• 2: Additional information( e.g. country and period of origin, characteristics of style for that period)
        • 3: Written music for the dance
        • 4: Discussion of the nature of setting/purpose of the dance (social, performance, appropriate garb and style etc.)

        AUTHENTICITY (0-4 points)
        • 0: Dance choreography not period, doesn't conform to accepted standards or deviations successfully described
        • 1: Most/All steps and patterns fit accepted definitions or properly explained
        • 2: Dance only somewhat/minimally altered to make it work
        • 3: All elements of the dance internally consistent.
        • 4: Overall very period feel in steps, patterns and movement; fits the music well.

        COMPLEXITY (1-5 points) - Rank the ambition of the entry, NOT the workmanship, on a scale of 1 to 5 based on the following:
        • Wide variety of steps used, including some nonstandard or complex ones and/or several simple or at least one complex pattern
        • Wide variety of steps and patters of significant difficulty (e.g. simultaneous movement if not in simple arrangement)
        • Uses of different tempo, direction changes and formations.
        • Scope of endeavor (length, number of different steps, individual complexity, language, obscurity of source)
        • Reconstruction required simple translation or moderate interpretation, little description available.

        WORKMANSHIP (1-6 points) - Rank the success of the attempt on a scale of 1 to 6 based on the following.
        • Steps work well in isolation and together
        • Patterns flow well and fit music
        • Choreography is appropriate for the time/place/style of the dance
        • Any gaps filled in/alterations made in logical fashion, fit well for style of dance.
        • Dance works well as a whole together, flows with music.
        • Written description clear and understandable

        CREATIVITY (1-5 points)
        • All steps out of standard step dictionary, simple patters
        • Non basic step/pattern reconstructed as described
        • Needed to fill in large gaps, make significant alteration to make something work, results fit well with style
        • Significant decisions about major element needed (I.e. facing, formation etc.)
        • New interpolation of significant step or pattern successfully presented

        QUALITY (1-6 points)
        Evaluate the work as a whole. NOTE: This category is subjective; however, the judge should take into account prior category scores, aesthetic appeal, presentation, intuitive response, and other such items not previously addressed.


        Novice <file:///E:/mikes/Dance/danceRecon.html#nov>  Intermediate <file:///E:/mikes/Dance/danceRecon.html#int>  Advanced <file:///E:/mikes/Dance/danceRecon.html#adv>  

        Return To Index <http://www.artsci.calontir-rush.org/criteria.php>


        Top Of Page <file:///E:/mikes/Dance/danceRecon.html#top>

        DANCE RECONSTRUCTION, EUROPEAN - ADVANCED

        DOCUMENTATION (0-4 points)

        • 0: None or inaccurate
        • 1: A copy of the dance to be reconstructed; annotated for source, music, additional supporting documents (step dictionary, basic lexicon if in a foreign language)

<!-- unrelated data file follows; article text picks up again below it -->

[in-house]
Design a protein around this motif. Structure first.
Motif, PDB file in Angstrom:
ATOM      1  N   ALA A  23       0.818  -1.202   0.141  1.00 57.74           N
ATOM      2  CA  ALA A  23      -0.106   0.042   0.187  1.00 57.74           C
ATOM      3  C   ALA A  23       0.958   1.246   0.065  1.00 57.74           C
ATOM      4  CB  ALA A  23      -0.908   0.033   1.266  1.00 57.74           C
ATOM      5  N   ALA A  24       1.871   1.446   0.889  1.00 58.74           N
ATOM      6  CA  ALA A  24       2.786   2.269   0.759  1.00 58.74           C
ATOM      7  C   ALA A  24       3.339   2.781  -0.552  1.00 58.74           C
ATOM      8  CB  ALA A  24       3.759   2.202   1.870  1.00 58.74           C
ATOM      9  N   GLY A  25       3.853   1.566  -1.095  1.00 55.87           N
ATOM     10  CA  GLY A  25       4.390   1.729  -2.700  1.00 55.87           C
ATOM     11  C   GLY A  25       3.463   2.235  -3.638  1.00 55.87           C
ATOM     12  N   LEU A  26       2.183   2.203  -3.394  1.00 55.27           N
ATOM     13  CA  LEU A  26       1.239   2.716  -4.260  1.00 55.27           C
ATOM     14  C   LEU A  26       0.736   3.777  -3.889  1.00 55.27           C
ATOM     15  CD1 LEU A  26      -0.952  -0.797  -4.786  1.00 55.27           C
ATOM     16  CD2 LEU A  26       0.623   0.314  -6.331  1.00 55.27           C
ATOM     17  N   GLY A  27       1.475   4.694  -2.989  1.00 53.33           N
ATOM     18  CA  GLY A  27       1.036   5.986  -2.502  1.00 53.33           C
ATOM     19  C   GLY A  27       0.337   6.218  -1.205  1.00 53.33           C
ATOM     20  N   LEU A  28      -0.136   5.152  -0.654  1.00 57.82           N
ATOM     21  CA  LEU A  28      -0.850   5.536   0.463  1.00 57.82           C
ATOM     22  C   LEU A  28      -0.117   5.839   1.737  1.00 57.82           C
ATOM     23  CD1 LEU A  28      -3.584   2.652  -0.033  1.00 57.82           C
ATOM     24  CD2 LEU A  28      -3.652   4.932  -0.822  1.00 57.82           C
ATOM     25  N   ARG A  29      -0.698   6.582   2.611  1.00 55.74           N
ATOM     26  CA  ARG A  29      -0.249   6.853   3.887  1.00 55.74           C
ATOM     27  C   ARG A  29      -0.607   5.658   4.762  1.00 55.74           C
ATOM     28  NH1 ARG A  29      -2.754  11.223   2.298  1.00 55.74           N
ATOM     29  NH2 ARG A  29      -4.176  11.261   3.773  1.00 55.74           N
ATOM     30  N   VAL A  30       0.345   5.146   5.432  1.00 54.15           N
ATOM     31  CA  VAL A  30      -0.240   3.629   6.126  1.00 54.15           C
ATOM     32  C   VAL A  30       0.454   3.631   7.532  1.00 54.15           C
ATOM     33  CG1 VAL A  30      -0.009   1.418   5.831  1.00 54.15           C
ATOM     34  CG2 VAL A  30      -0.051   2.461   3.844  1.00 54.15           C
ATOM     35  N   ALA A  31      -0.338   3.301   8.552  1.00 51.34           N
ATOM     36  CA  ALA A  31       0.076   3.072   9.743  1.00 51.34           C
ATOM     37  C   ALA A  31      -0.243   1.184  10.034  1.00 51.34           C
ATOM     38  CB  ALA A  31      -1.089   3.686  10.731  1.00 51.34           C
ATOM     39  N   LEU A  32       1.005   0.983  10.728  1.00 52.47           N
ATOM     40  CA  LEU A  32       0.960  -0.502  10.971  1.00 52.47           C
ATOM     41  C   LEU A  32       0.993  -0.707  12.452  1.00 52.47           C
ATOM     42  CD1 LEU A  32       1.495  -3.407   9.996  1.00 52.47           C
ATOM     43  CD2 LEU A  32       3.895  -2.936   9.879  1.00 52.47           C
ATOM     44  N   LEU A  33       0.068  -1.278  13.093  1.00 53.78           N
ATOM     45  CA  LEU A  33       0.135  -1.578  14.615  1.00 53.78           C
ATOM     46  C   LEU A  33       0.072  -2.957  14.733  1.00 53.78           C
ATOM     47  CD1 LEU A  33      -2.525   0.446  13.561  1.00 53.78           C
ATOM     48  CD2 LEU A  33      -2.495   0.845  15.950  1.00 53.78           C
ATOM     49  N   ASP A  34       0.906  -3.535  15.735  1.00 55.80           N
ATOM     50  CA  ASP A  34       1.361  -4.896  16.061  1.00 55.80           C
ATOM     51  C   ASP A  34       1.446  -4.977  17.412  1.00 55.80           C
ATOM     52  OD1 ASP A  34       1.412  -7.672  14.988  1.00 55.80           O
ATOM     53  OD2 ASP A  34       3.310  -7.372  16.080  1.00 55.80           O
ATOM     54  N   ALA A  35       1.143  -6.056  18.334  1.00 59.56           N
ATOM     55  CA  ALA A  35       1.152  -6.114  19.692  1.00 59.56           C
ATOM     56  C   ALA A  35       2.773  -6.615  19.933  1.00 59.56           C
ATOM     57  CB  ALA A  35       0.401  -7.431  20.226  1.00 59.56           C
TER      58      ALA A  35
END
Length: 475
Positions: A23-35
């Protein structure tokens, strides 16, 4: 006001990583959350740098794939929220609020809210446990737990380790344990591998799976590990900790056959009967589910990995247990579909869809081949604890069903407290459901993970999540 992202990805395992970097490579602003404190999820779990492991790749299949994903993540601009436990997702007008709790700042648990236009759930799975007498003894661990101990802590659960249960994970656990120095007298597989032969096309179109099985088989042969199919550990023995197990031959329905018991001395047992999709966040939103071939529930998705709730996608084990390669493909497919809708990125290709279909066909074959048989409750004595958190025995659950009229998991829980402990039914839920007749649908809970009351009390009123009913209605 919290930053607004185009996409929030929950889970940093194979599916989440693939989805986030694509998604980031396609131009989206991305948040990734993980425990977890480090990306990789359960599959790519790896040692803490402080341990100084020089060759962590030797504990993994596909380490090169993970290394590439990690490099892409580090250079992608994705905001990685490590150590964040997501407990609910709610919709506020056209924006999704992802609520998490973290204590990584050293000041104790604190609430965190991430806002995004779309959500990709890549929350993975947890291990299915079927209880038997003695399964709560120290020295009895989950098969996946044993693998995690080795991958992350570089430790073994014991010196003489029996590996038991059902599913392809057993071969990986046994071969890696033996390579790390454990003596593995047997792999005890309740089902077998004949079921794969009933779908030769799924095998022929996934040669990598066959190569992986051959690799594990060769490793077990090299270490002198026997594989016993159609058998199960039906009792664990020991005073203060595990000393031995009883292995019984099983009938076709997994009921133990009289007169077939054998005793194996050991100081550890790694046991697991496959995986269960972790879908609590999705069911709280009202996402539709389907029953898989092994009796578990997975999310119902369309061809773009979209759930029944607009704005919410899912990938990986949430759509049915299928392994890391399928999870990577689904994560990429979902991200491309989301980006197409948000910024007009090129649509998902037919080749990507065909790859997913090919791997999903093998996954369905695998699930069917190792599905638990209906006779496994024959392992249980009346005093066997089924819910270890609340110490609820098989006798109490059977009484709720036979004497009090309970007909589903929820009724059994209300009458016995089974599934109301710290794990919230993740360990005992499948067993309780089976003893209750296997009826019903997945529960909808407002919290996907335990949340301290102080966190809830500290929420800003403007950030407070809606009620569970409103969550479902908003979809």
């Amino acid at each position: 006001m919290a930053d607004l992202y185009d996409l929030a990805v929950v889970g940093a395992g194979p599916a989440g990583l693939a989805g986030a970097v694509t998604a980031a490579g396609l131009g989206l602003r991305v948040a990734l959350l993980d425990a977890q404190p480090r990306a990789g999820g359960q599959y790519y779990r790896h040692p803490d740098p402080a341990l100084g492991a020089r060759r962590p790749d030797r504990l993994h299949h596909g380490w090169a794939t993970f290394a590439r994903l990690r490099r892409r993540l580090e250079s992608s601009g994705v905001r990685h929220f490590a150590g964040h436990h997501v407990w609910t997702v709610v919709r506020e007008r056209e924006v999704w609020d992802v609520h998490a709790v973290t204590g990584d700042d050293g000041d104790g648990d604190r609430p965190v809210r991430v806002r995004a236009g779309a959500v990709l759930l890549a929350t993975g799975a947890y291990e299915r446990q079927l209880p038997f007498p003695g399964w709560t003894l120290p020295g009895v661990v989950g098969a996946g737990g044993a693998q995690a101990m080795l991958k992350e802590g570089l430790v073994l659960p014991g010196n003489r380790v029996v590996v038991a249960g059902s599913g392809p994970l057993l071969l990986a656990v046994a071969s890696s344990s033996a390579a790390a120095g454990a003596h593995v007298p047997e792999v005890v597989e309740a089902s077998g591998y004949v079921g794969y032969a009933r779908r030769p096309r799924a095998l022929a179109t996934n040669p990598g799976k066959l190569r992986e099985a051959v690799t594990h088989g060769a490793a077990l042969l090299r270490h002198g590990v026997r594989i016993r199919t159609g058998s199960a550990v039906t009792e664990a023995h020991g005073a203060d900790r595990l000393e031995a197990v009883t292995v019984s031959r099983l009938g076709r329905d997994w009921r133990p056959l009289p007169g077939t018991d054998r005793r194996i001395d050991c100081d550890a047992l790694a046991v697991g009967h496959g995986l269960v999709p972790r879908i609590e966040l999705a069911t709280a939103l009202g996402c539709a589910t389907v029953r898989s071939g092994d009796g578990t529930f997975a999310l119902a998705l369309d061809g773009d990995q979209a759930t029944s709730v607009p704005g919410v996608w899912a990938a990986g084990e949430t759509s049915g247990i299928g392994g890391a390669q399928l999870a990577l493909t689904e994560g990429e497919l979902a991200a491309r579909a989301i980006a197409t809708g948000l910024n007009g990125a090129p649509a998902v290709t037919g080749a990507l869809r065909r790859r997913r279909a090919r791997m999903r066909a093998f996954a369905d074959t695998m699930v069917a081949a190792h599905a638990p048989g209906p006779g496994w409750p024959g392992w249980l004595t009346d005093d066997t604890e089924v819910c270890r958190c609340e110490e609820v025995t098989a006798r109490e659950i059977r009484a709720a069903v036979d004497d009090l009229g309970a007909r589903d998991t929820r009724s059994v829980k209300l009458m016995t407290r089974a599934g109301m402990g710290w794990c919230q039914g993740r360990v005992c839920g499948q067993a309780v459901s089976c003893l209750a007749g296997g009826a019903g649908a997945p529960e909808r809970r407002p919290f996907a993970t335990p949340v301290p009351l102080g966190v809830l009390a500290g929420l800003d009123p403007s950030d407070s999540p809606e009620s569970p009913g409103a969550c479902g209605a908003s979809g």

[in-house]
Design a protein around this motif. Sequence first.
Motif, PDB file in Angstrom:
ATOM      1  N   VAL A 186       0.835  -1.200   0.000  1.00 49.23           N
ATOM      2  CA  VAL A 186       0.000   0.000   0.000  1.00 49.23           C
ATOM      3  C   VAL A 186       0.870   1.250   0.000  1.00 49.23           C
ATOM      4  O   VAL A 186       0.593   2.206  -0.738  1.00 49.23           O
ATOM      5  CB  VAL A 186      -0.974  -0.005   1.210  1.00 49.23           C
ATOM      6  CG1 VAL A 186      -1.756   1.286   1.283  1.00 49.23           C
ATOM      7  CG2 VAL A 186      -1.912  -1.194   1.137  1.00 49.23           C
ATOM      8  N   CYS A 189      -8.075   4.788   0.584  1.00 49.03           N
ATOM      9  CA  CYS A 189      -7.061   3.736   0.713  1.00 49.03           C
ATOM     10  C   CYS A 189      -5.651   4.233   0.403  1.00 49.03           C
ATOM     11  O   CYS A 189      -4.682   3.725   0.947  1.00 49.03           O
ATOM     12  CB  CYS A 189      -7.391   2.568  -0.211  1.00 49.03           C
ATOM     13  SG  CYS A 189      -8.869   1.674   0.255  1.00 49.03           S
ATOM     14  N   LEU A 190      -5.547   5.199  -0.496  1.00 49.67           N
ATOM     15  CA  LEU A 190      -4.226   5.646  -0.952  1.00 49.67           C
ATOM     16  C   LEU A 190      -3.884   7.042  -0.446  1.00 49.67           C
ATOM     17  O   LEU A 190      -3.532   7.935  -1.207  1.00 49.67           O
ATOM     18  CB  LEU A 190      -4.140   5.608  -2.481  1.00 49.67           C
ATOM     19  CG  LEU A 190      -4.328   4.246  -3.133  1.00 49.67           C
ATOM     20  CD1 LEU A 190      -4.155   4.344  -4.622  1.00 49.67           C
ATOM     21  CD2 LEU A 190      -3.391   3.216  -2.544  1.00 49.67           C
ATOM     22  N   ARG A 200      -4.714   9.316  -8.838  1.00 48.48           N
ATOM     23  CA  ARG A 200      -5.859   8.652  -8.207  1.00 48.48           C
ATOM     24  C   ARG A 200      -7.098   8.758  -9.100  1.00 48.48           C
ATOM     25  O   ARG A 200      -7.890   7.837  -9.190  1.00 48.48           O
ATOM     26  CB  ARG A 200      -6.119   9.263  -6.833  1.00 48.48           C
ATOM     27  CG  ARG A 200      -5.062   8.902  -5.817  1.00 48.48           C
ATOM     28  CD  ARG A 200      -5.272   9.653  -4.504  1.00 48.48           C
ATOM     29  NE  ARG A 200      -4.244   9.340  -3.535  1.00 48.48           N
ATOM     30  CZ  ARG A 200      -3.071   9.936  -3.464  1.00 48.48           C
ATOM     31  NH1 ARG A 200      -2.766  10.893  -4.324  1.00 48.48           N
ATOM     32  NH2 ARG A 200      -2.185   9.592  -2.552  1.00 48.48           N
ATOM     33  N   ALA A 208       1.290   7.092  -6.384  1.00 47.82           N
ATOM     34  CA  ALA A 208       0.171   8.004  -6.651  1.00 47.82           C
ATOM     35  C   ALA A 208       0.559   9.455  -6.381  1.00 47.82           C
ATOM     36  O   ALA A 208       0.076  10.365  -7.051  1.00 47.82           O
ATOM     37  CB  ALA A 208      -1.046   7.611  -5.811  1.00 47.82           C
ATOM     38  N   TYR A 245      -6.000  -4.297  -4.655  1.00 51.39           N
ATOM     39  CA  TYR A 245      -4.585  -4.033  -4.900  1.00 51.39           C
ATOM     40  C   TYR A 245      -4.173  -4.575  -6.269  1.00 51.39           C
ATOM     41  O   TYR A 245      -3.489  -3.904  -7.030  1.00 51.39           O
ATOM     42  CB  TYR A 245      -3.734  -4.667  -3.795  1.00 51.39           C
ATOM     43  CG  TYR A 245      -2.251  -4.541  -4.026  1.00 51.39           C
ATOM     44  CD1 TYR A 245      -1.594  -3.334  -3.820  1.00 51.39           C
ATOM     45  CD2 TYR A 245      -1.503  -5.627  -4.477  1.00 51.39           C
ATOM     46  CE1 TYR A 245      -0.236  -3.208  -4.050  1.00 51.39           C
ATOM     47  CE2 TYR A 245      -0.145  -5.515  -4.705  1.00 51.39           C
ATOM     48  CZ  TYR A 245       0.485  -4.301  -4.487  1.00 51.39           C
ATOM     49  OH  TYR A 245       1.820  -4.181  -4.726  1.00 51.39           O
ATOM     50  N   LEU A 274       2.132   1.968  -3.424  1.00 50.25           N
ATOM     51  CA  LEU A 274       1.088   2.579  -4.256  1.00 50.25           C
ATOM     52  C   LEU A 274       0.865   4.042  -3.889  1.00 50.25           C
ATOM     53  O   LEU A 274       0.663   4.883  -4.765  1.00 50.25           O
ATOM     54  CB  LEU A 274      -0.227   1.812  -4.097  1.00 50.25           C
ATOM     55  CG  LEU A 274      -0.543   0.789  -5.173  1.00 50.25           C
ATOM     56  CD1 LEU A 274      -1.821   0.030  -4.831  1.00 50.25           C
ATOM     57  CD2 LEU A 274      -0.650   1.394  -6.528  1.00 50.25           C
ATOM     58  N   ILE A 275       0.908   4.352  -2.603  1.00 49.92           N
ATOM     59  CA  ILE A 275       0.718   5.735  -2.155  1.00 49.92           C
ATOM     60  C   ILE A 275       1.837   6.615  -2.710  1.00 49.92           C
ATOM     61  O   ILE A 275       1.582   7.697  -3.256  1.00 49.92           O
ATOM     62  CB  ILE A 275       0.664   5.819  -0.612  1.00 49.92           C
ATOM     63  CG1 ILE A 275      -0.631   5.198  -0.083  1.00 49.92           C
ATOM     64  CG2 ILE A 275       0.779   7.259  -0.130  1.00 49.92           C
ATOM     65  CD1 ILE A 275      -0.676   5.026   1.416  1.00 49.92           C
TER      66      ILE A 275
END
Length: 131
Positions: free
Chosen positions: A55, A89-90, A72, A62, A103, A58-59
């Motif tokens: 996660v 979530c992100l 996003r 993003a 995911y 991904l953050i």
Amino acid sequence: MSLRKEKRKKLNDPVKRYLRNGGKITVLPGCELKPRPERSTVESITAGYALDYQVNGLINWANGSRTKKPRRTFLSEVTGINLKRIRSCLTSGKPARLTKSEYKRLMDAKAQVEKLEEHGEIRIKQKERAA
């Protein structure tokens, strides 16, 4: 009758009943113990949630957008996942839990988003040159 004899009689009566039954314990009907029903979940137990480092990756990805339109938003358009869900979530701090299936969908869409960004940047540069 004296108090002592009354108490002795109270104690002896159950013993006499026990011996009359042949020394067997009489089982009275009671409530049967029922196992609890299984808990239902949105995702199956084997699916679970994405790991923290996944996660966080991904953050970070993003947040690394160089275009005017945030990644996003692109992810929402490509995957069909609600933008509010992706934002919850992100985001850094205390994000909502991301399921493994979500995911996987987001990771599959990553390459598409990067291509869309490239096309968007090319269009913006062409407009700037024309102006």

• 2: A list and description of steps/patterns reconstructed, including justification for interpretation
        • 3: Discussion of any non standard/difficult reconstruction
        • 4: Comparison to other dances of the style/place/time

        AUTHENTICITY (0-4 points)
        • 0: Any significant element not period, doesn't conform to accepted standards or deviations successfully described
        • 1: All steps and patterns fit accepted definitions or properly explained
        • 2: Dance only minimally altered/not altered to make it work
        • 3: Steps/patterns agree with similar ones from other dances.
        • 4: Overall very period feel in steps, patterns and movement, fits the music perfectly, minimum or no alterations

        COMPLEXITY (1-5 points) - Rank the ambition of the entry, NOT the workmanship, on a scale of 1 to 5 based on the following:
        • Wide variety of steps and patters of significant difficulty (e.g. simultaneous movement if not in simple arrangement)
        • Uses of different tempo, direction changes and formations.
        • Scope of endeavor (length, number of different steps, individual complexity, language, obscurity of source)
        • Reconstruction required complex translation or significant interpretation, little description or just a short annotation available.
        • Entire style of dance needed to be interpreted

        WORKMANSHIP (1-6 points) - Rank the success of the attempt on a scale of 1 to 6 based on the following.
        • All steps and patterns work well together and flow to the music
        • Styling is appropriate for time/place/style (e.g. period concepts of symmetry)
        • Choreography allow the proper mood of the dance to be achieved.
        • Any gaps filled in/alterations made in proper fashion, indistinguishable from style of dance.
        • Dance very works well as a whole together, flows with music.
        • Written description clear and understandable; sufficient to learn the dance.

        CREATIVITY (1-5 points)
        • All basic steps as described, non basic step/pattern reconstructed as described